The Book Reviews – Website

June 25, 2008


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Author: Walter Dean Myers

Page Length: 266

Reading Level: 5

Genre: Fiction, Adventure

PLOT SUMMARY: Greg Harris, aka Slam, is an outstanding basketball player. He has just recently transferred from his Harlem high school team to a magnet school. The pressure is on to perform in the classroom and on the courts where Slam has to learn to be a team player. All around him struggles are taking place. Life in Harlem is far from easy. Grandma is ill and in the hospital, Derek is following his lead. Ice may be dealing, and he can’t seem to get Mtisha off his mind. As the pressure mounts, Slam has to make some difficult decisions and dig deeper than he ever knew he could. Can he keep it all together and still prevail on the courts or will the pressure be too much?

REVIEW: Myers writes a moving story about the struggles of a young man in Harlem. Slam has talent, but he has to learn how to balance the demands of life without giving up or giving in. Slam! is a compelling story and a must read for basketball fans. This book would be good in an audio version. In general, the book would appeal more to boys. High school students can relate to Slam’s relationship issues, worries about his best friend’s new choices, and the pressure of making the grades and finding a path for the future. This book contains strong characters and play by play descriptions at times of basketball games and moves (which could bore students who do not understand the game of basketball). Great book for an African-American male who loves basketball to read.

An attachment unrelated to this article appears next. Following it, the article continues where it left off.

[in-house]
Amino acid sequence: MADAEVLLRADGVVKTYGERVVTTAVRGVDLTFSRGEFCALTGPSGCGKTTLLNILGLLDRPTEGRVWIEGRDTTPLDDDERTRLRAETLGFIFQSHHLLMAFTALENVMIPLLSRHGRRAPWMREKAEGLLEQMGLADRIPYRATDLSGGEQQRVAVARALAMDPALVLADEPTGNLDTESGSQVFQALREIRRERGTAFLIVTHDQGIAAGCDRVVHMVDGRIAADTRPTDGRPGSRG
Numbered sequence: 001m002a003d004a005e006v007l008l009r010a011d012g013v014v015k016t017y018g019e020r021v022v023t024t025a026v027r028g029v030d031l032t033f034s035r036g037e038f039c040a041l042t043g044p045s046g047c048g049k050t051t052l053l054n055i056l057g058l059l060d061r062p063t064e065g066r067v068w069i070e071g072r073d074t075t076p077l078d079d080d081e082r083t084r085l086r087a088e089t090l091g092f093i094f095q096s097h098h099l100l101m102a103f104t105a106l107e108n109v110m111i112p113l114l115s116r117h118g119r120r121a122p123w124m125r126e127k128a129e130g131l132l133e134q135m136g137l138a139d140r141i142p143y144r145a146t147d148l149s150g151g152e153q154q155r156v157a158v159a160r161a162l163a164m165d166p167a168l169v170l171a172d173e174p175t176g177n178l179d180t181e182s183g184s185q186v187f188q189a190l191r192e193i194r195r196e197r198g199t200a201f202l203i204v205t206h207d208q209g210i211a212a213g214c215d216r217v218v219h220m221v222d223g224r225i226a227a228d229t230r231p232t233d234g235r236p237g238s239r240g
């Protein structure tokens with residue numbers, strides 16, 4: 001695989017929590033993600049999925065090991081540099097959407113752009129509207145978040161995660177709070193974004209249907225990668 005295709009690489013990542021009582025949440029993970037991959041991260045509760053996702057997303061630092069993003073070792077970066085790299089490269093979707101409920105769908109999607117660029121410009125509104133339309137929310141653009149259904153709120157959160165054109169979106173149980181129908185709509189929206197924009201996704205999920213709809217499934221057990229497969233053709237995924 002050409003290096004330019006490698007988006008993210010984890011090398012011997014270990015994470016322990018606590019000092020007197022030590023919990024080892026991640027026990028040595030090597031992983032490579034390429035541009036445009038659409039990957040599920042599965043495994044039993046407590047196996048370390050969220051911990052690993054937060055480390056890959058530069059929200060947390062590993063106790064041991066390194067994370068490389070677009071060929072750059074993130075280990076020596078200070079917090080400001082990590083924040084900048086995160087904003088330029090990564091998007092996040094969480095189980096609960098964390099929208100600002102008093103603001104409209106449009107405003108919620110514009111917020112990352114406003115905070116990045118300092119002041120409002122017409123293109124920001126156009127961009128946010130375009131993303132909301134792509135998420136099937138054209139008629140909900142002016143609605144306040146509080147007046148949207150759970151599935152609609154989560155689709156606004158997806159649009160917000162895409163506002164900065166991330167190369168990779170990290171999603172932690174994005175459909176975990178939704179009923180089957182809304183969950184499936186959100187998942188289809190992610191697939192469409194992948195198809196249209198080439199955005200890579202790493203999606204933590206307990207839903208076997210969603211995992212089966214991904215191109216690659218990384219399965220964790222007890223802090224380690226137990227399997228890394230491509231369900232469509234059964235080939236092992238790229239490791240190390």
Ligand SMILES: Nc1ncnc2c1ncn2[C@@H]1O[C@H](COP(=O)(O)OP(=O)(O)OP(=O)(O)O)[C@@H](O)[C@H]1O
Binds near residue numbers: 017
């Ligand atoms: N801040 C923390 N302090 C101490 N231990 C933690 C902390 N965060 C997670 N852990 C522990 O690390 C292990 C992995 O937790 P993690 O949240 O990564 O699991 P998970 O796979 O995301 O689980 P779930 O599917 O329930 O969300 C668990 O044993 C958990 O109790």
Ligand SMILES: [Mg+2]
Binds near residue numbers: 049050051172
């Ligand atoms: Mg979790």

AREAS FOR TEACHING: sequence of events, causes of Slam’s difficulties – effects of his choices, setting, theme, conflict, writer’s motive, context clues (about Ice)

TOUCHY AREAS-PAGES: allusions to drugs

RELATED BOOKS: Basketball by Mike Kennedy, The Last Shot: City Streets, Basketball Dreams, How to Be Like Mike: Life Lessons about Basketball’s Best, Fab Five: Basketball, Trash Talk, The American Dream, The Beast

RELATED MOVIES:  Hoosiers (1986), Hoop Dreams (1994), Above the Rim (1994), Finding Forrester, Coach Carter (2005), Glory Road (2006)

RELATED MUSIC: Shaquille O’Neal – Respect, Hit Em High – Space Jam Soundtrack, We Are the Champions – Queen


REVIEWED BY: Dayna Taylor

April 2, 2008